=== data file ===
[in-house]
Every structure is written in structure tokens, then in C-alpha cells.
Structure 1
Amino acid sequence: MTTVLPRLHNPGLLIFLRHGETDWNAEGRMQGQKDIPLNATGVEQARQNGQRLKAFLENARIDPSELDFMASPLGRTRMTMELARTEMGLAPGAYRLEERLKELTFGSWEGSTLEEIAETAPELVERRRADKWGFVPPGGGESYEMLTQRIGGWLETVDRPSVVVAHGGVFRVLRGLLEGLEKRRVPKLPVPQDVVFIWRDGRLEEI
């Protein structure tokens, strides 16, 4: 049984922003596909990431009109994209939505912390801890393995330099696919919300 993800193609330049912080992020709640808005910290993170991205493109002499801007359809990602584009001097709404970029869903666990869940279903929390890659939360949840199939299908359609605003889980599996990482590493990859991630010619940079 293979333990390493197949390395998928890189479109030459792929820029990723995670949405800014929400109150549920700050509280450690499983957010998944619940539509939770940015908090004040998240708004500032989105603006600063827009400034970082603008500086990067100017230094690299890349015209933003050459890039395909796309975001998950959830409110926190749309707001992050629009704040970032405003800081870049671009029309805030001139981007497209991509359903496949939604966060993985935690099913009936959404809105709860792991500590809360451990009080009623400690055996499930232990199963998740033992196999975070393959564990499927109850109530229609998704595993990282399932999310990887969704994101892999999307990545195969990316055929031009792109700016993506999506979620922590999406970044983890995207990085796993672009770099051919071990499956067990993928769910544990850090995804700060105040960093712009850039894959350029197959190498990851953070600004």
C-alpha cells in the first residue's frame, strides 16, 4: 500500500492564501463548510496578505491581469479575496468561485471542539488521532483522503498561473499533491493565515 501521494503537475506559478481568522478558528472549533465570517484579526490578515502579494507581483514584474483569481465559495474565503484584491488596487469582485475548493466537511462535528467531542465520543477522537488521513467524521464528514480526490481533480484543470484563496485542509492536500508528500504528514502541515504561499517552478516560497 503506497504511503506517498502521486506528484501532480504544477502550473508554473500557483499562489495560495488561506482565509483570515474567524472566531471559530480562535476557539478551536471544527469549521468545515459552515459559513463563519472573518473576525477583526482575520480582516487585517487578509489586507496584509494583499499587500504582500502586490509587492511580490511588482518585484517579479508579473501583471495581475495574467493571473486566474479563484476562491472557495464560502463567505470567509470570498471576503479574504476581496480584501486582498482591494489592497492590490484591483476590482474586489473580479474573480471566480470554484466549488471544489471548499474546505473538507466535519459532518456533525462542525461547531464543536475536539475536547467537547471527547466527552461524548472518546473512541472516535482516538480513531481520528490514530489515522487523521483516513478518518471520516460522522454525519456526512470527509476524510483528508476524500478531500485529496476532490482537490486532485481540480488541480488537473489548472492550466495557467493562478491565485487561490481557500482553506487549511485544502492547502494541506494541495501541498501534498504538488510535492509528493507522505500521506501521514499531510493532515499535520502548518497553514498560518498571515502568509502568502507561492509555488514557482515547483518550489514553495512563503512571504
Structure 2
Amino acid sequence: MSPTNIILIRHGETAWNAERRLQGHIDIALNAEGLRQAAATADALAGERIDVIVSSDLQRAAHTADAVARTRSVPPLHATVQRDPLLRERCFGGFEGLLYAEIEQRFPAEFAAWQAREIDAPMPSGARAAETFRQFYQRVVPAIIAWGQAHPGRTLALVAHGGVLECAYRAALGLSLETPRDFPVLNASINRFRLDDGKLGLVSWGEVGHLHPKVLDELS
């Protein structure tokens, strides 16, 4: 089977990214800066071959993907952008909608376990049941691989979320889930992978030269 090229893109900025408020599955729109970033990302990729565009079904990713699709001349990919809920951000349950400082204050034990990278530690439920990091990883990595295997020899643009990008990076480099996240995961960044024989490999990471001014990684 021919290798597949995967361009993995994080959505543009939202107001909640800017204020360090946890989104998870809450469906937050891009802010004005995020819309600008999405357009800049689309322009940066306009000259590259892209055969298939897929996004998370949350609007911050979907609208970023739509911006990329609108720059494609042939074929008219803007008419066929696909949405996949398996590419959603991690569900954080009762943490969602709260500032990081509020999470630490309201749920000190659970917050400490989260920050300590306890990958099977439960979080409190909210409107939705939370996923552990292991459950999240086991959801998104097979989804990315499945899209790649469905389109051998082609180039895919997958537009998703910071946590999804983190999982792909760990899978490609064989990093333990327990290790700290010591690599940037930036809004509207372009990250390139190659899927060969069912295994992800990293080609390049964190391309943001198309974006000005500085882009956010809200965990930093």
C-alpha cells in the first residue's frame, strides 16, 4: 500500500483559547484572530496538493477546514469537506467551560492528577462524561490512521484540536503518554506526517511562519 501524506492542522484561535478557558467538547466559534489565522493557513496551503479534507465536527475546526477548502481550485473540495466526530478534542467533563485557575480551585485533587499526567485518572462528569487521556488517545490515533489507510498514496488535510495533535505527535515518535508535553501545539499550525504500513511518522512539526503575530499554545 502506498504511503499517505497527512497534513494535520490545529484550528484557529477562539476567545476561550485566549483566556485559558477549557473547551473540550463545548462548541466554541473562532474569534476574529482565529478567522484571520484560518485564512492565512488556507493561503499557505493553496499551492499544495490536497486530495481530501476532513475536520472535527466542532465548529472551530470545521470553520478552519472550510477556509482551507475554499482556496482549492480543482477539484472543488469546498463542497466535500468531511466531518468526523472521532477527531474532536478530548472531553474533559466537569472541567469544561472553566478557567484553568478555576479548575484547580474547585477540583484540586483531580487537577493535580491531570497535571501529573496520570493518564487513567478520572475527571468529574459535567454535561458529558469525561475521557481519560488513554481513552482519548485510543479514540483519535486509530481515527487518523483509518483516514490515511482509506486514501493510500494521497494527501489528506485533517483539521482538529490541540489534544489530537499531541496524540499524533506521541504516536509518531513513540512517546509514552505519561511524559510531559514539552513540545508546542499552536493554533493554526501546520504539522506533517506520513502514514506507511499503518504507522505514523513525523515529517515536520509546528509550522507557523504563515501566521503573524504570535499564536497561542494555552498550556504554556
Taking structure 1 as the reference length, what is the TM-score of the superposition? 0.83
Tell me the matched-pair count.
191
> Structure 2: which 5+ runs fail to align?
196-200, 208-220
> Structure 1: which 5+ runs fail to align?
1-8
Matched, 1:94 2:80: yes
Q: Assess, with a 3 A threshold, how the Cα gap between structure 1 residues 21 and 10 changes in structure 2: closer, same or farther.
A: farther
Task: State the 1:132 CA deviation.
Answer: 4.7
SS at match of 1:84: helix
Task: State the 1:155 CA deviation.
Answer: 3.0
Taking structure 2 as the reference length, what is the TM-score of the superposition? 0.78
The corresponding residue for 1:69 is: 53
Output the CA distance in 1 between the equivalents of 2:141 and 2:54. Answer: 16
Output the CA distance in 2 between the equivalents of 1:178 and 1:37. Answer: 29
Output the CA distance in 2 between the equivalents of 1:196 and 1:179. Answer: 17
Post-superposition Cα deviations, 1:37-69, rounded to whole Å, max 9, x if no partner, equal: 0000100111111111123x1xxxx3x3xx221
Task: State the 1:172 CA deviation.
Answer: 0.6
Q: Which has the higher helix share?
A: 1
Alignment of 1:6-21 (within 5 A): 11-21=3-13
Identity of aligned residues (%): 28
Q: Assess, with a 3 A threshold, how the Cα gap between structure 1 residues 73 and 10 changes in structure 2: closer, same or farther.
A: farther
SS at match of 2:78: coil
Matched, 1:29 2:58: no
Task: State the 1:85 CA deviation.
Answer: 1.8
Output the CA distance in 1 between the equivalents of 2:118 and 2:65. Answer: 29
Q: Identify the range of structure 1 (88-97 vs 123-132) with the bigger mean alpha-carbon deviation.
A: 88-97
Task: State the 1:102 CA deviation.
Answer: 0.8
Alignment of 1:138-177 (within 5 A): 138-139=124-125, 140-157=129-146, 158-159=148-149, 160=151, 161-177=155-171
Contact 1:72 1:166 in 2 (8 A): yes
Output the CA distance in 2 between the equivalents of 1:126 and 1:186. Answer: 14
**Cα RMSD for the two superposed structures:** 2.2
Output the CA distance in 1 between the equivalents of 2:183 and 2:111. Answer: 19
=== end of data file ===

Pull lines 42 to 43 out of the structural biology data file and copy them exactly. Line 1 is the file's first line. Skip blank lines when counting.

Task: State the 1:85 CA deviation.
Answer: 1.8